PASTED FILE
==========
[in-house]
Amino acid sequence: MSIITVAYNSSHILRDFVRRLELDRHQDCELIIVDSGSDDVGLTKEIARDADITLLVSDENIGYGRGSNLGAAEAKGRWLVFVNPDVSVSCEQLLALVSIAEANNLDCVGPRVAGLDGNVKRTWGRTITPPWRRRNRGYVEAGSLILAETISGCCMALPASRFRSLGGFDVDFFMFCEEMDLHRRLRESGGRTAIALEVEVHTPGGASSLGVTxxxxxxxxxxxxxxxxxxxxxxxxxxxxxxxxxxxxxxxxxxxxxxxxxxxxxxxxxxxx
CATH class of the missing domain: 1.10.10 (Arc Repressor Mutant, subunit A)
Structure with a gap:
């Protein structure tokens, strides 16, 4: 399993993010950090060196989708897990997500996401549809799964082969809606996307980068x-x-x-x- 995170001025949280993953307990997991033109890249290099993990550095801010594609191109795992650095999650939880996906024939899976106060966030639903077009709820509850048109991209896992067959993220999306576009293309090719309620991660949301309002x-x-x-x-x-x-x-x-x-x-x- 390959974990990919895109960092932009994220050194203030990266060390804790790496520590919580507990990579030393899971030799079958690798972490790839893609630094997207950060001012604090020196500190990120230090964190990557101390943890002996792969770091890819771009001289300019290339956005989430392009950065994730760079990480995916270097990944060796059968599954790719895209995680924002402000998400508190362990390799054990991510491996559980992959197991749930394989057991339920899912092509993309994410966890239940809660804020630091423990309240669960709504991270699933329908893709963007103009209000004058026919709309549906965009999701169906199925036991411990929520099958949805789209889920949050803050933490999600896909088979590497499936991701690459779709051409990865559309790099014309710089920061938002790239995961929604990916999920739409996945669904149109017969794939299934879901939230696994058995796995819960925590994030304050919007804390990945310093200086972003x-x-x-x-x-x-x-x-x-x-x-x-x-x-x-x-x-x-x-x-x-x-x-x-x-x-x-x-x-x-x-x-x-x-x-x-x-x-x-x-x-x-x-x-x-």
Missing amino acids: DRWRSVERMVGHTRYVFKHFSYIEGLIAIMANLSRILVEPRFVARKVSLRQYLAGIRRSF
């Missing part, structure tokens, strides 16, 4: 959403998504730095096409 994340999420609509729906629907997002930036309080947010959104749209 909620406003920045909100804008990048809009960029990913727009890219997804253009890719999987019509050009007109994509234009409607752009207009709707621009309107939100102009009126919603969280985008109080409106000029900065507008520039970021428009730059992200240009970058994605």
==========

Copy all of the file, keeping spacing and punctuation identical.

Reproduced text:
[in-house]
Amino acid sequence: MSIITVAYNSSHILRDFVRRLELDRHQDCELIIVDSGSDDVGLTKEIARDADITLLVSDENIGYGRGSNLGAAEAKGRWLVFVNPDVSVSCEQLLALVSIAEANNLDCVGPRVAGLDGNVKRTWGRTITPPWRRRNRGYVEAGSLILAETISGCCMALPASRFRSLGGFDVDFFMFCEEMDLHRRLRESGGRTAIALEVEVHTPGGASSLGVTxxxxxxxxxxxxxxxxxxxxxxxxxxxxxxxxxxxxxxxxxxxxxxxxxxxxxxxxxxxx
CATH class of the missing domain: 1.10.10 (Arc Repressor Mutant, subunit A)
Structure with a gap:
């Protein structure tokens, strides 16, 4: 399993993010950090060196989708897990997500996401549809799964082969809606996307980068x-x-x-x- 995170001025949280993953307990997991033109890249290099993990550095801010594609191109795992650095999650939880996906024939899976106060966030639903077009709820509850048109991209896992067959993220999306576009293309090719309620991660949301309002x-x-x-x-x-x-x-x-x-x-x- 390959974990990919895109960092932009994220050194203030990266060390804790790496520590919580507990990579030393899971030799079958690798972490790839893609630094997207950060001012604090020196500190990120230090964190990557101390943890002996792969770091890819771009001289300019290339956005989430392009950065994730760079990480995916270097990944060796059968599954790719895209995680924002402000998400508190362990390799054990991510491996559980992959197991749930394989057991339920899912092509993309994410966890239940809660804020630091423990309240669960709504991270699933329908893709963007103009209000004058026919709309549906965009999701169906199925036991411990929520099958949805789209889920949050803050933490999600896909088979590497499936991701690459779709051409990865559309790099014309710089920061938002790239995961929604990916999920739409996945669904149109017969794939299934879901939230696994058995796995819960925590994030304050919007804390990945310093200086972003x-x-x-x-x-x-x-x-x-x-x-x-x-x-x-x-x-x-x-x-x-x-x-x-x-x-x-x-x-x-x-x-x-x-x-x-x-x-x-x-x-x-x-x-x-």
Missing amino acids: DRWRSVERMVGHTRYVFKHFSYIEGLIAIMANLSRILVEPRFVARKVSLRQYLAGIRRSF
């Missing part, structure tokens, strides 16, 4: 959403998504730095096409 994340999420609509729906629907997002930036309080947010959104749209 909620406003920045909100804008990048809009960029990913727009890219997804253009890719999987019509050009007109994509234009409607752009207009709707621009309107939100102009009126919603969280985008109080409106000029900065507008520039970021428009730059992200240009970058994605």